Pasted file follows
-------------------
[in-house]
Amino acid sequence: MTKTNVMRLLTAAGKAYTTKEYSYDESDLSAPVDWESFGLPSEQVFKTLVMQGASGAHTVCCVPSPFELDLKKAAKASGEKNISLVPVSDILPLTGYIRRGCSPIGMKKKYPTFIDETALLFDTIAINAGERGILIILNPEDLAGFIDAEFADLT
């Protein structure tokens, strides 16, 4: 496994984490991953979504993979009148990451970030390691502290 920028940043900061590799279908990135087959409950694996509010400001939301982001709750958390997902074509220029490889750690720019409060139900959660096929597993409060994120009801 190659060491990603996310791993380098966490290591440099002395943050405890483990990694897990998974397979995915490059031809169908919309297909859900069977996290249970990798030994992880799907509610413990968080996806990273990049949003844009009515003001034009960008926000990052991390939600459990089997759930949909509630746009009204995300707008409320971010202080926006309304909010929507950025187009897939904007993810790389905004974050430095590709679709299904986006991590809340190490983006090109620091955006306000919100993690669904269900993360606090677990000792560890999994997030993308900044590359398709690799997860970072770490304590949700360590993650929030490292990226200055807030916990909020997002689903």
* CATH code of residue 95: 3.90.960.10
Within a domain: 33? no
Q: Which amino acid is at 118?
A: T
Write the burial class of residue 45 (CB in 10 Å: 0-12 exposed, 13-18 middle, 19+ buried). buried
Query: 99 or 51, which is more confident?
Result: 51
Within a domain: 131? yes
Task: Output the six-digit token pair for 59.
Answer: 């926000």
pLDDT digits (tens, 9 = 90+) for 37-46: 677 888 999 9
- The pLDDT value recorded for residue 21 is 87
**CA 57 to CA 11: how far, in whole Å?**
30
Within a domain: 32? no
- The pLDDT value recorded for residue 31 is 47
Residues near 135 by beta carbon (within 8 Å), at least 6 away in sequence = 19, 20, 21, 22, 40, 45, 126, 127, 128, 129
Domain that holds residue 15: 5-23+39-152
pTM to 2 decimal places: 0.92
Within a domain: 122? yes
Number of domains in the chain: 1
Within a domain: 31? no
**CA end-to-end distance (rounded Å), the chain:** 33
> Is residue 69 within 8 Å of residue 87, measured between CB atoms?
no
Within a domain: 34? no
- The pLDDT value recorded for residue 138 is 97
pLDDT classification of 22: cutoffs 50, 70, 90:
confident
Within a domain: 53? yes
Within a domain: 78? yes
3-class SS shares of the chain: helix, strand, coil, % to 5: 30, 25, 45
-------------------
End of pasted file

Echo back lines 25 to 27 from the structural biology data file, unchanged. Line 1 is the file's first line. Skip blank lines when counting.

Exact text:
Within a domain: 31? no
**CA end-to-end distance (rounded Å), the chain:** 33
> Is residue 69 within 8 Å of residue 87, measured between CB atoms?